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CLUSTER(7)                       SQL Commands                       CLUSTER(7)

       CLUSTER - cluster a table according to an index

       CLUSTER [VERBOSE] tablename [ USING indexname ]

       CLUSTER instructs PostgreSQL to cluster the table specified by tablename based on the index specified by index-
       name. The index must already have been defined on tablename.

       When a table is clustered, it is physically reordered based on the index information. Clustering is a  one-time
       operation:  when  the table is subsequently updated, the changes are not clustered. That is, no attempt is made
       to store new or updated rows according to their index order. (If one wishes, one can periodically recluster  by
       issuing  the command again. Also, setting the table's FILLFACTOR storage parameter to less than 100% can aid in
       preserving cluster ordering during updates, since updated rows are preferentially kept on the same page.)

       When a table is clustered, PostgreSQL remembers which index it was clustered by.  The  form  CLUSTER  tablename
       reclusters the table using the same index as before.

       CLUSTER  without  any parameter reclusters all the previously-clustered tables in the current database that the
       calling user owns, or all such tables if called by a superuser. This form of CLUSTER cannot be executed  inside
       a transaction block.

       When  a  table is being clustered, an ACCESS EXCLUSIVE lock is acquired on it. This prevents any other database
       operations (both reads and writes) from operating on the table until the CLUSTER is finished.

              The name (possibly schema-qualified) of a table.

              The name of an index.

              Prints a progress report as each table is clustered.

       In cases where you are accessing single rows randomly within a table, the actual order of the data in the table
       is  unimportant.  However,  if you tend to access some data more than others, and there is an index that groups
       them together, you will benefit from using CLUSTER.  If you are requesting a range of indexed values from a ta-
       ble,  or  a  single  indexed  value that has multiple rows that match, CLUSTER will help because once the index
       identifies the table page for the first row that matches, all other rows that match are probably already on the
       same table page, and so you save disk accesses and speed up the query.

       During  the  cluster  operation,  a  temporary copy of the table is created that contains the table data in the
       index order. Temporary copies of each index on the table are created as well. Therefore, you need free space on
       disk at least equal to the sum of the table size and the index sizes.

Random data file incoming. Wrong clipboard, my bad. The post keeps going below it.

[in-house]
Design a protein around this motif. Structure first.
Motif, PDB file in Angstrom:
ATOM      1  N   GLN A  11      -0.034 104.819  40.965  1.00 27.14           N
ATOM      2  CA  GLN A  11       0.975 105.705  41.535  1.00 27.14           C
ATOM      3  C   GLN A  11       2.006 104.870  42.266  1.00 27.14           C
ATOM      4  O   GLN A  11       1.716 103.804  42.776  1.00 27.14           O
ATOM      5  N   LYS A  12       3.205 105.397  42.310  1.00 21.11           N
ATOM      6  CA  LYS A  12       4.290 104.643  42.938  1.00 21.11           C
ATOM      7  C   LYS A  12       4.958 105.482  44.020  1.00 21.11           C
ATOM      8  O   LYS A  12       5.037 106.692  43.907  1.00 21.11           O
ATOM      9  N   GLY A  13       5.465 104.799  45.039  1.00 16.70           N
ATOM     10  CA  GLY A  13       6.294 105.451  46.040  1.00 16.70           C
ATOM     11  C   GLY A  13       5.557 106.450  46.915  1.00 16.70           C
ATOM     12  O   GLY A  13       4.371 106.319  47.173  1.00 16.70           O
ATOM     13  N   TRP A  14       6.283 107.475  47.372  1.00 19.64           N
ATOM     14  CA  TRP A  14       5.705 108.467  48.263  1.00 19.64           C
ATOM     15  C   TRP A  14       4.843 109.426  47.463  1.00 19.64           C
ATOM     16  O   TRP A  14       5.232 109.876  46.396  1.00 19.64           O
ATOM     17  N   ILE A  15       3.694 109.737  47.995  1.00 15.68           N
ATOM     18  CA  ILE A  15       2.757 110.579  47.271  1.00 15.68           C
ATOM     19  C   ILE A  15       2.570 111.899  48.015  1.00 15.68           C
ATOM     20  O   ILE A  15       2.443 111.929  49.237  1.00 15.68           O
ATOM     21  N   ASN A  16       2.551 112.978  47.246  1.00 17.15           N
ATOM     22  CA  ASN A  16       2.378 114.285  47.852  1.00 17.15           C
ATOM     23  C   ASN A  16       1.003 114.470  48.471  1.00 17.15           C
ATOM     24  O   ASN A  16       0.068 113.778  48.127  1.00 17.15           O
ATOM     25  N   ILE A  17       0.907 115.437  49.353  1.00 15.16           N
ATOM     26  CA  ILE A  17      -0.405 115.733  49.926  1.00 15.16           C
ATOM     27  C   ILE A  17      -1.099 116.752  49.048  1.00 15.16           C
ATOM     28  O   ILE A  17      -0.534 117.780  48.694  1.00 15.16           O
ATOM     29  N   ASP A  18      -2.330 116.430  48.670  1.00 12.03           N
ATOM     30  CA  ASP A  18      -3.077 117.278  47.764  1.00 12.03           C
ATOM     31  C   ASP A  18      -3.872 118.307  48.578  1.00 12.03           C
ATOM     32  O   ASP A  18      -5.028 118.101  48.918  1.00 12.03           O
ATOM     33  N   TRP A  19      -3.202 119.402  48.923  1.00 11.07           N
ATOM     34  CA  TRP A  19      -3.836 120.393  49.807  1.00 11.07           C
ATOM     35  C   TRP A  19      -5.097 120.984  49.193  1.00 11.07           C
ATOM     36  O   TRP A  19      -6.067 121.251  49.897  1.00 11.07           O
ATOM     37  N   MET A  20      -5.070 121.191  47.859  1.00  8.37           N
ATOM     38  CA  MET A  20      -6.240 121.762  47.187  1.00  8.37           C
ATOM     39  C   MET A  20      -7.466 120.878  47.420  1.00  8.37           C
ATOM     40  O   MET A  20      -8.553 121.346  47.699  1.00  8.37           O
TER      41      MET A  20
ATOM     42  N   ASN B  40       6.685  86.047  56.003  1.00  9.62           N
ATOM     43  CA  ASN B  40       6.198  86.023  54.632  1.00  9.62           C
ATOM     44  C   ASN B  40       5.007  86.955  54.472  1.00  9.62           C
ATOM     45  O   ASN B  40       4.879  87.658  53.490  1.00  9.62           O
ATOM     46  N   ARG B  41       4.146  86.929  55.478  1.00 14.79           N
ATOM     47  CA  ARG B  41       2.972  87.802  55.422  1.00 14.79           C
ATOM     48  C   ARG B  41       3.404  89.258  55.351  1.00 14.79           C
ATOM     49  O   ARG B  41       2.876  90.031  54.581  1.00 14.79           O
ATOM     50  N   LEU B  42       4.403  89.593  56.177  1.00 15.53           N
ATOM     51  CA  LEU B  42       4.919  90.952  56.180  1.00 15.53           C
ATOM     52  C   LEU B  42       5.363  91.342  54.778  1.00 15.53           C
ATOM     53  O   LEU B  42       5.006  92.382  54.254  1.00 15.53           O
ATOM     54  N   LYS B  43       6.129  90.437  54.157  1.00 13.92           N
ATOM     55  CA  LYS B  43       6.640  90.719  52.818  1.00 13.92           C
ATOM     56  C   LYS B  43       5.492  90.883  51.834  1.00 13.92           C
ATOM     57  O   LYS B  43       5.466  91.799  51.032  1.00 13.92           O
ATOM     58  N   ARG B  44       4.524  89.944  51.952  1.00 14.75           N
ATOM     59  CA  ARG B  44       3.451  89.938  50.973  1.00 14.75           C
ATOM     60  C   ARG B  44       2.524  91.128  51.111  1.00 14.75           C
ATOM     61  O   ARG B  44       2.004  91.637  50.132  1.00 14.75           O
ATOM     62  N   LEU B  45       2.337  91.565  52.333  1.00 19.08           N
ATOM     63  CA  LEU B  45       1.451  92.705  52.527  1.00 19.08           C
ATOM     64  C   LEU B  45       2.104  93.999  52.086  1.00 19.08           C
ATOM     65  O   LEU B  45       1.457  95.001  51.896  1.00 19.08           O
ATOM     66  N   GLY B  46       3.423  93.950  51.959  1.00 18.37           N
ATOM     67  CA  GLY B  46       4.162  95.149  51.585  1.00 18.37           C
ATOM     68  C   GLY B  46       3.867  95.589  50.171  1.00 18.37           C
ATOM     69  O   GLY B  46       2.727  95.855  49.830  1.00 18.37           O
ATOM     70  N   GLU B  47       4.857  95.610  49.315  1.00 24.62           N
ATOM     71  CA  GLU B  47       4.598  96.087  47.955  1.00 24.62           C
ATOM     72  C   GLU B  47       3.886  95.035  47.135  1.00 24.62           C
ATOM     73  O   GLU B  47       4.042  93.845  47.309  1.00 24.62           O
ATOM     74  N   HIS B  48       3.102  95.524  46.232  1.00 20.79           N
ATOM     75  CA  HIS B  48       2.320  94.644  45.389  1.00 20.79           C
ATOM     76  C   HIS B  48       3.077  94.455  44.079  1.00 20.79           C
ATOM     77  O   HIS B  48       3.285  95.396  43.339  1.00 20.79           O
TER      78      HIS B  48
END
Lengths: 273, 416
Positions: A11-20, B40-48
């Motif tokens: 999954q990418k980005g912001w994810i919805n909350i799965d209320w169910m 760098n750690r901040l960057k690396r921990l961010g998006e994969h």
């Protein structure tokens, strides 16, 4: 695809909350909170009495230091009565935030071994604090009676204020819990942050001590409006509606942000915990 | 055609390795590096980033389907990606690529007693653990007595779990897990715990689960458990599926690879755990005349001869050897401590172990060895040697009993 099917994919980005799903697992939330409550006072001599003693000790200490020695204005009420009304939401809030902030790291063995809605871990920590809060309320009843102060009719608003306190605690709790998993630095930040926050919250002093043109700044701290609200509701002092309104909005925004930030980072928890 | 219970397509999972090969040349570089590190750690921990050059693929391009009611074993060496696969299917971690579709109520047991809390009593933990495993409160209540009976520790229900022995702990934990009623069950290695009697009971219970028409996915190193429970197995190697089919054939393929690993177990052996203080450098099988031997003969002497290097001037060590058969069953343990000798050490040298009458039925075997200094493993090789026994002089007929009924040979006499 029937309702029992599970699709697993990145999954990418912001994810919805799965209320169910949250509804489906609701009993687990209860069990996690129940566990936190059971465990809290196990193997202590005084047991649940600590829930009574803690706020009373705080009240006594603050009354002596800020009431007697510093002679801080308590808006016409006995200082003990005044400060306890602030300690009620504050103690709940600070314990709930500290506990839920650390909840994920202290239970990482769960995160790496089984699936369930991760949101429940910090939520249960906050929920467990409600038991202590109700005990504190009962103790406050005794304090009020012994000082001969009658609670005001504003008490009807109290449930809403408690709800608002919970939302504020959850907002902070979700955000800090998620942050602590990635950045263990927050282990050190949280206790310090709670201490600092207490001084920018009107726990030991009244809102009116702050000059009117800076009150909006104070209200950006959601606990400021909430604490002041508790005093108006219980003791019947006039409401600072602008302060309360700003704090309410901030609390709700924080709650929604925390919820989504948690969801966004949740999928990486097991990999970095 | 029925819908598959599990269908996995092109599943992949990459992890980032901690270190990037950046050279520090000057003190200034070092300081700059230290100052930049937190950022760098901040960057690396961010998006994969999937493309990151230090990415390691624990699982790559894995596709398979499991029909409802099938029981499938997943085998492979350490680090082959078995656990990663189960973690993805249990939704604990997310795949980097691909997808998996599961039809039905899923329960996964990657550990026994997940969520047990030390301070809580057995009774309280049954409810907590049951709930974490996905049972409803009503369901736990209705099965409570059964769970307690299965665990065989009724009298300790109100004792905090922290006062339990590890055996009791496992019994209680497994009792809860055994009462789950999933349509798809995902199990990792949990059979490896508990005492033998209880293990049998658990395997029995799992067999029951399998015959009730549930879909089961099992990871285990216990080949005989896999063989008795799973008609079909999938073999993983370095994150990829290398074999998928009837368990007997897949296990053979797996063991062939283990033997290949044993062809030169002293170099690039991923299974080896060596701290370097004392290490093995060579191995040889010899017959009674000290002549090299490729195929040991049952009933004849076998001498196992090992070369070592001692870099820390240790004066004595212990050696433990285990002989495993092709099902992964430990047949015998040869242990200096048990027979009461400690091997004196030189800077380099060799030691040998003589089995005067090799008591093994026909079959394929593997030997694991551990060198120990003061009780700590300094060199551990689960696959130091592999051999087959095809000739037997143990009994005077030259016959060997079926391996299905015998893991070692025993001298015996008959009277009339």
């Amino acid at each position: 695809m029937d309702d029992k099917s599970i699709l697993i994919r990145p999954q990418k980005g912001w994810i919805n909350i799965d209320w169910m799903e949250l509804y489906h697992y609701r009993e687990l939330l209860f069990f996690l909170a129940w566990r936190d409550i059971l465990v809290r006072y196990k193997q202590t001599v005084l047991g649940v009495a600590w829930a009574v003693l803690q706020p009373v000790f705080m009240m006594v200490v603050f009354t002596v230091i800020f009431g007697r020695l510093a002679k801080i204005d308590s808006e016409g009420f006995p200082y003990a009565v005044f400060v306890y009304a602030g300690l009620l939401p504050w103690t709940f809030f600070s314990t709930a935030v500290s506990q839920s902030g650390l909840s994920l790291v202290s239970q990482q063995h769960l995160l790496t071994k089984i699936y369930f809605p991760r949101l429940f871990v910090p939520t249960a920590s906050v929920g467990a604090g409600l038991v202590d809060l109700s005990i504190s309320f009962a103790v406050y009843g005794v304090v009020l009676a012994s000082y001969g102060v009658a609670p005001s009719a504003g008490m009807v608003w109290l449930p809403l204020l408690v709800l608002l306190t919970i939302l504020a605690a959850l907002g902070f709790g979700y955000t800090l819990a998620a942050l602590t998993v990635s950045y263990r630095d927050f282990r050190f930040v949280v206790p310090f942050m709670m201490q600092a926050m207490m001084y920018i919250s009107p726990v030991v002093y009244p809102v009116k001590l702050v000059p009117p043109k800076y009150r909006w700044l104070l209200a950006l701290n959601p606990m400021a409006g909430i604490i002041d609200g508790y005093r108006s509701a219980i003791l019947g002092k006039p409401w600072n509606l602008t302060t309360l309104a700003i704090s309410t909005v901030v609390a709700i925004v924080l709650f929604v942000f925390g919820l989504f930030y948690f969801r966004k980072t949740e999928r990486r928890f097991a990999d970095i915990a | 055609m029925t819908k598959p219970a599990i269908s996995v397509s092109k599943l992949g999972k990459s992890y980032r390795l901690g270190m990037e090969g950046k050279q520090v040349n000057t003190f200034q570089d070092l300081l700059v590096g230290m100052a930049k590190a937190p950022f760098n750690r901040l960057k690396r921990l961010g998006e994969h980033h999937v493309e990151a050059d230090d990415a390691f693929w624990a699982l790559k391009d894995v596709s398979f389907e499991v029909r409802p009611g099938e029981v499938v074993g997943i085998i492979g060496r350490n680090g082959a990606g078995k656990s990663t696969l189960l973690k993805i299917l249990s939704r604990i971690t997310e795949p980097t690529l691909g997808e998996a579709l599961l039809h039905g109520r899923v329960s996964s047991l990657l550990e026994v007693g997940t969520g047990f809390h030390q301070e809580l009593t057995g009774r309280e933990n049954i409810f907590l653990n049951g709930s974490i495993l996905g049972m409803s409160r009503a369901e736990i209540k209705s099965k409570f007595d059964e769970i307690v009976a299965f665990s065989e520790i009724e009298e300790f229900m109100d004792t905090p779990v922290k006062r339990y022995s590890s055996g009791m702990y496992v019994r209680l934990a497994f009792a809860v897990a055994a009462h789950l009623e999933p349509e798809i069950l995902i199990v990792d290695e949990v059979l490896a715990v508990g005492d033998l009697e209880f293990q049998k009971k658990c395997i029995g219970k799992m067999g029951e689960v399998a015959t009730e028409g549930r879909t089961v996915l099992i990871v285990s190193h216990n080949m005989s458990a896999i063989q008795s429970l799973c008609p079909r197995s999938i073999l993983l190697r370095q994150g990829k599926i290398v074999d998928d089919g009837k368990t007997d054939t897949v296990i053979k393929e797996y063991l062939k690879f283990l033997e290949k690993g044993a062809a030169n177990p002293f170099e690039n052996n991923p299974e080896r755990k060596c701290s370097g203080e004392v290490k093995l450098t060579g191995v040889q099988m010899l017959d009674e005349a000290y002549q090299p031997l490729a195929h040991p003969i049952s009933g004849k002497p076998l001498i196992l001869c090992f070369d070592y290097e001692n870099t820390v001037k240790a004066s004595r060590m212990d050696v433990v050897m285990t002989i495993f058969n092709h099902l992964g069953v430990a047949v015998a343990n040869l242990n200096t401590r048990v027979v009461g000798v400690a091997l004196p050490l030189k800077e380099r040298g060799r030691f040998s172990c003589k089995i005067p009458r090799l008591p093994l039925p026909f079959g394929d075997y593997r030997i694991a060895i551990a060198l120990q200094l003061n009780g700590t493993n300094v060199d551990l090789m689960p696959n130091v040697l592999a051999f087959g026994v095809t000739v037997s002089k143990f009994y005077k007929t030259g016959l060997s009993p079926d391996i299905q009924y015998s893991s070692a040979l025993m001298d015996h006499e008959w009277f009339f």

Because  CLUSTER  remembers the clustering information, one can cluster the tables one wants clustered manually
       the first time, and setup a timed event similar to VACUUM so that the tables are periodically reclustered.

       Because the planner records statistics about the ordering of tables, it  is  advisable  to  run  ANALYZE  [ana-
       lyze(7)] on the newly clustered table.  Otherwise, the planner might make poor choices of query plans.

       There  is another way to cluster data. The CLUSTER command reorders the original table by scanning it using the
       index you specify. This can be slow on large tables because the rows are fetched from the table in index order,
       and  if the table is disordered, the entries are on random pages, so there is one disk page retrieved for every
       row moved. (PostgreSQL has a cache, but the majority of a big table will not fit in the cache.)  The other  way
       to cluster a table is to use:

       CREATE TABLE newtable AS
           SELECT * FROM table ORDER BY columnlist;

       which  uses the PostgreSQL sorting code to produce the desired order; this is usually much faster than an index
       scan for disordered data.  Then you drop the old table, use ALTER TABLE ... RENAME to rename  newtable  to  the
       old name, and recreate the table's indexes.  The big disadvantage of this approach is that it does not preserve
       OIDs, constraints, foreign key relationships, granted privileges, and other ancillary properties of the table --
       all such items must be manually recreated. Another disadvantage is that this way requires a sort temporary file
       about the same size as the table itself, so peak disk usage is about three times  the  table  size  instead  of
       twice the table size.

       Cluster the table employees on the basis of its index employees_ind:

       CLUSTER employees USING employees_ind;

       Cluster the employees table using the same index that was used before:

       CLUSTER employees;

       Cluster all tables in the database that have previously been clustered:


       There is no CLUSTER statement in the SQL standard.

       The syntax

       CLUSTER indexname ON tablename

       is also supported for compatibility with pre-8.3 PostgreSQL versions.

       clusterdb [clusterdb(1)]

SQL - Language Statements         2014-02-17                        CLUSTER(7)